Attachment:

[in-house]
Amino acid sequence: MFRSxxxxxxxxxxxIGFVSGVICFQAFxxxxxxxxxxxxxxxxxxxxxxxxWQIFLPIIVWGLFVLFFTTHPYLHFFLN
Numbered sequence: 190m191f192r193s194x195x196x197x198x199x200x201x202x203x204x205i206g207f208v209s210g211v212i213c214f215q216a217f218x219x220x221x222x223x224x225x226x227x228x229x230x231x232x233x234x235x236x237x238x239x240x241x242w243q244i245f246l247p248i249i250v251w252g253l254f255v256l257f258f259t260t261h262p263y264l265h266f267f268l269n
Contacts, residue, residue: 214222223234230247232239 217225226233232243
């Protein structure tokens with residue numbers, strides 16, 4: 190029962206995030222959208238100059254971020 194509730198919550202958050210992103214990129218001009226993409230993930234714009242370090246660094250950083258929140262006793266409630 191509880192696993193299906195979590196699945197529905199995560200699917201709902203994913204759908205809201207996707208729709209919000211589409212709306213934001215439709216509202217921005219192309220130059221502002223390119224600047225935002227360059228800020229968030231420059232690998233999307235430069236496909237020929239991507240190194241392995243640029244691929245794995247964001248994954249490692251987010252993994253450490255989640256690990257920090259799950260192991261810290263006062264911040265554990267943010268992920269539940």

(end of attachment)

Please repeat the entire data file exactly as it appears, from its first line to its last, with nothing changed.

[in-house]
Amino acid sequence: MFRSxxxxxxxxxxxIGFVSGVICFQAFxxxxxxxxxxxxxxxxxxxxxxxxWQIFLPIIVWGLFVLFFTTHPYLHFFLN
Numbered sequence: 190m191f192r193s194x195x196x197x198x199x200x201x202x203x204x205i206g207f208v209s210g211v212i213c214f215q216a217f218x219x220x221x222x223x224x225x226x227x228x229x230x231x232x233x234x235x236x237x238x239x240x241x242w243q244i245f246l247p248i249i250v251w252g253l254f255v256l257f258f259t260t261h262p263y264l265h266f267f268l269n
Contacts, residue, residue: 214222223234230247232239 217225226233232243
């Protein structure tokens with residue numbers, strides 16, 4: 190029962206995030222959208238100059254971020 194509730198919550202958050210992103214990129218001009226993409230993930234714009242370090246660094250950083258929140262006793266409630 191509880192696993193299906195979590196699945197529905199995560200699917201709902203994913204759908205809201207996707208729709209919000211589409212709306213934001215439709216509202217921005219192309220130059221502002223390119224600047225935002227360059228800020229968030231420059232690998233999307235430069236496909237020929239991507240190194241392995243640029244691929245794995247964001248994954249490692251987010252993994253450490255989640256690990257920090259799950260192991261810290263006062264911040265554990267943010268992920269539940």